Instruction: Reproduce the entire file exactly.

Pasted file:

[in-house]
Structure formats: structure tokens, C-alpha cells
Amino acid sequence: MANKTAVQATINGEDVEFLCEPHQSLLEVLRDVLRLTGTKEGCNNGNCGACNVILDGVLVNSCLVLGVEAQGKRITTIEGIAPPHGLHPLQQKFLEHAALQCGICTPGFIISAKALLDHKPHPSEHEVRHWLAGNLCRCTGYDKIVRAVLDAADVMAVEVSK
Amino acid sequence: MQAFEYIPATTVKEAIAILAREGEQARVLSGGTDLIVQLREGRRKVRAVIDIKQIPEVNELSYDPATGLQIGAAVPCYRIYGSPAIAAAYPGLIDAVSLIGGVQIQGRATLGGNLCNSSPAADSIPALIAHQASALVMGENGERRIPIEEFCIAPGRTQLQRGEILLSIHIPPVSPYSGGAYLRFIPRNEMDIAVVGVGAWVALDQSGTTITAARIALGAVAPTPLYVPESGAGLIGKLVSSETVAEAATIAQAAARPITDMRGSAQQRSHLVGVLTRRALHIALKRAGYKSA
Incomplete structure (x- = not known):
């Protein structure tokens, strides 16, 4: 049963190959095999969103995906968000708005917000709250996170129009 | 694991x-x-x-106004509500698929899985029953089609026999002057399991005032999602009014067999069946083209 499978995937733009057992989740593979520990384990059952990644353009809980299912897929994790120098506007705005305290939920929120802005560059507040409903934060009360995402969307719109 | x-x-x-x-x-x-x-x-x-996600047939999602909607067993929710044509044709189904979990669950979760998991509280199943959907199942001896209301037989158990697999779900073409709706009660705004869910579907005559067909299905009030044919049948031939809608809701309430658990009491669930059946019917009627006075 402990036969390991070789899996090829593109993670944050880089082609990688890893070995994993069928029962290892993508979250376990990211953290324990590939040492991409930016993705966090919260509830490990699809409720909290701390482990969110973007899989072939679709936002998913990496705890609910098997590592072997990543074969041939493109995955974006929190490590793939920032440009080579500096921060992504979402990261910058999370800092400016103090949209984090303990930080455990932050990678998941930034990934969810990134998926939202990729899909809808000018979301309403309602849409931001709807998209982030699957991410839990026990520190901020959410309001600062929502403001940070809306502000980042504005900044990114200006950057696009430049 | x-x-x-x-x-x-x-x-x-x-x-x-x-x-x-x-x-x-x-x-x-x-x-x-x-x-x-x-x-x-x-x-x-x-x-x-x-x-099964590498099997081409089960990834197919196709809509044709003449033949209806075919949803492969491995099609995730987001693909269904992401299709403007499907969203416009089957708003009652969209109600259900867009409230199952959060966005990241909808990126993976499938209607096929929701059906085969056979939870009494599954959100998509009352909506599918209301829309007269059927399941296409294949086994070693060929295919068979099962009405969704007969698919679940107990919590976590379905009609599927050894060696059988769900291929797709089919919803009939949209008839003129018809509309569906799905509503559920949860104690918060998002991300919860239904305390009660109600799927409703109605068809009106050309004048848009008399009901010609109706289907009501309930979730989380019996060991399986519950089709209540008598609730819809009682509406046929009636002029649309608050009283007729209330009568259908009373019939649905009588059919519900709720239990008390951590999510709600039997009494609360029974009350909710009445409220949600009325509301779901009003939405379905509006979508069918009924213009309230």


[in-house]
Structure formats: structure tokens, C-alpha cells
Amino acid sequence: MANKTAVQATINGEDVEFLCEPHQSLLEVLRDVLRLTGTKEGCNNGNCGACNVILDGVLVNSCLVLGVEAQGKRITTIEGIAPPHGLHPLQQKFLEHAALQCGICTPGFIISAKALLDHKPHPSEHEVRHWLAGNLCRCTGYDKIVRAVLDAADVMAVEVSK
Amino acid sequence: MQAFEYIPATTVKEAIAILAREGEQARVLSGGTDLIVQLREGRRKVRAVIDIKQIPEVNELSYDPATGLQIGAAVPCYRIYGSPAIAAAYPGLIDAVSLIGGVQIQGRATLGGNLCNSSPAADSIPALIAHQASALVMGENGERRIPIEEFCIAPGRTQLQRGEILLSIHIPPVSPYSGGAYLRFIPRNEMDIAVVGVGAWVALDQSGTTITAARIALGAVAPTPLYVPESGAGLIGKLVSSETVAEAATIAQAAARPITDMRGSAQQRSHLVGVLTRRALHIALKRAGYKSA
Incomplete structure (x- = not known):
């Protein structure tokens, strides 16, 4: 049963190959095999969103995906968000708005917000709250996170129009 | 694991x-x-x-106004509500698929899985029953089609026999002057399991005032999602009014067999069946083209 499978995937733009057992989740593979520990384990059952990644353009809980299912897929994790120098506007705005305290939920929120802005560059507040409903934060009360995402969307719109 | x-x-x-x-x-x-x-x-x-996600047939999602909607067993929710044509044709189904979990669950979760998991509280199943959907199942001896209301037989158990697999779900073409709706009660705004869910579907005559067909299905009030044919049948031939809608809701309430658990009491669930059946019917009627006075 402990036969390991070789899996090829593109993670944050880089082609990688890893070995994993069928029962290892993508979250376990990211953290324990590939040492991409930016993705966090919260509830490990699809409720909290701390482990969110973007899989072939679709936002998913990496705890609910098997590592072997990543074969041939493109995955974006929190490590793939920032440009080579500096921060992504979402990261910058999370800092400016103090949209984090303990930080455990932050990678998941930034990934969810990134998926939202990729899909809808000018979301309403309602849409931001709807998209982030699957991410839990026990520190901020959410309001600062929502403001940070809306502000980042504005900044990114200006950057696009430049 | x-x-x-x-x-x-x-x-x-x-x-x-x-x-x-x-x-x-x-x-x-x-x-x-x-x-x-x-x-x-x-x-x-x-x-x-x-x-099964590498099997081409089960990834197919196709809509044709003449033949209806075919949803492969491995099609995730987001693909269904992401299709403007499907969203416009089957708003009652969209109600259900867009409230199952959060966005990241909808990126993976499938209607096929929701059906085969056979939870009494599954959100998509009352909506599918209301829309007269059927399941296409294949086994070693060929295919068979099962009405969704007969698919679940107990919590976590379905009609599927050894060696059988769900291929797709089919919803009939949209008839003129018809509309569906799905509503559920949860104690918060998002991300919860239904305390009660109600799927409703109605068809009106050309004048848009008399009901010609109706289907009501309930979730989380019996060991399986519950089709209540008598609730819809009682509406046929009636002029649309608050009283007729209330009568259908009373019939649905009588059919519900709720239990008390951590999510709600039997009494609360029974009350909710009445409220949600009325509301779901009003939405379905509006979508069918009924213009309230």